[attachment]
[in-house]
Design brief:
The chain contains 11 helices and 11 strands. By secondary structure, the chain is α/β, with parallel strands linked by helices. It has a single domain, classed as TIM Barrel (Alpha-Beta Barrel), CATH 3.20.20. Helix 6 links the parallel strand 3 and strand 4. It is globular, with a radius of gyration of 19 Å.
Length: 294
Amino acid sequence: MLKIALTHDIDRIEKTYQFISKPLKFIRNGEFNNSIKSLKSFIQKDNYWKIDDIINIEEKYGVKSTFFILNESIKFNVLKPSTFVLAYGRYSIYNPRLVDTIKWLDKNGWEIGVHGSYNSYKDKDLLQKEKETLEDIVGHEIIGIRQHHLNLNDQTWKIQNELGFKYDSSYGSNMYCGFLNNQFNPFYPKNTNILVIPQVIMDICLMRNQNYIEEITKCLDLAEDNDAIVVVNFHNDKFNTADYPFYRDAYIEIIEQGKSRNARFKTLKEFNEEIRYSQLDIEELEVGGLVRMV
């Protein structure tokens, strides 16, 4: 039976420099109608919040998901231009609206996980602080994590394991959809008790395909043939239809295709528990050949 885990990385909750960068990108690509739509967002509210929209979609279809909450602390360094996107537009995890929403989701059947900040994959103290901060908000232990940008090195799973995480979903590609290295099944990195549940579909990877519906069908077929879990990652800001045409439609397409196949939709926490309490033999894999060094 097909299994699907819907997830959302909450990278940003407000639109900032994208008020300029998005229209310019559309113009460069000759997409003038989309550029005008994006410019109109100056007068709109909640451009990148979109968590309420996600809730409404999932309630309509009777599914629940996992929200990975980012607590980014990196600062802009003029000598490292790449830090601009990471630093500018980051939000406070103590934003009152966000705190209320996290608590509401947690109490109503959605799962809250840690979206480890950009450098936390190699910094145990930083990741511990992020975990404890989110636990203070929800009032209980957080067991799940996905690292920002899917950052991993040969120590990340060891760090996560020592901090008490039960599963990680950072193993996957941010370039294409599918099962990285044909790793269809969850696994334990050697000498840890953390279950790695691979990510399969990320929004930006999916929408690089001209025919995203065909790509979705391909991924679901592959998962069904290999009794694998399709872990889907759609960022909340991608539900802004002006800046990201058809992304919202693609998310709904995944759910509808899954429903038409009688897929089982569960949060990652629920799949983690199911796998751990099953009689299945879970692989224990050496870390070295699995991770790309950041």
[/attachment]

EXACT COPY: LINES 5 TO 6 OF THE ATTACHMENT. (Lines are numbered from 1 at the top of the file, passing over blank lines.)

Amino acid sequence: MLKIALTHDIDRIEKTYQFISKPLKFIRNGEFNNSIKSLKSFIQKDNYWKIDDIINIEEKYGVKSTFFILNESIKFNVLKPSTFVLAYGRYSIYNPRLVDTIKWLDKNGWEIGVHGSYNSYKDKDLLQKEKETLEDIVGHEIIGIRQHHLNLNDQTWKIQNELGFKYDSSYGSNMYCGFLNNQFNPFYPKNTNILVIPQVIMDICLMRNQNYIEEITKCLDLAEDNDAIVVVNFHNDKFNTADYPFYRDAYIEIIEQGKSRNARFKTLKEFNEEIRYSQLDIEELEVGGLVRMV
């Protein structure tokens, strides 16, 4: 039976420099109608919040998901231009609206996980602080994590394991959809008790395909043939239809295709528990050949 885990990385909750960068990108690509739509967002509210929209979609279809909450602390360094996107537009995890929403989701059947900040994959103290901060908000232990940008090195799973995480979903590609290295099944990195549940579909990877519906069908077929879990990652800001045409439609397409196949939709926490309490033999894999060094 097909299994699907819907997830959302909450990278940003407000639109900032994208008020300029998005229209310019559309113009460069000759997409003038989309550029005008994006410019109109100056007068709109909640451009990148979109968590309420996600809730409404999932309630309509009777599914629940996992929200990975980012607590980014990196600062802009003029000598490292790449830090601009990471630093500018980051939000406070103590934003009152966000705190209320996290608590509401947690109490109503959605799962809250840690979206480890950009450098936390190699910094145990930083990741511990992020975990404890989110636990203070929800009032209980957080067991799940996905690292920002899917950052991993040969120590990340060891760090996560020592901090008490039960599963990680950072193993996957941010370039294409599918099962990285044909790793269809969850696994334990050697000498840890953390279950790695691979990510399969990320929004930006999916929408690089001209025919995203065909790509979705391909991924679901592959998962069904290999009794694998399709872990889907759609960022909340991608539900802004002006800046990201058809992304919202693609998310709904995944759910509808899954429903038409009688897929089982569960949060990652629920799949983690199911796998751990099953009689299945879970692989224990050496870390070295699995991770790309950041």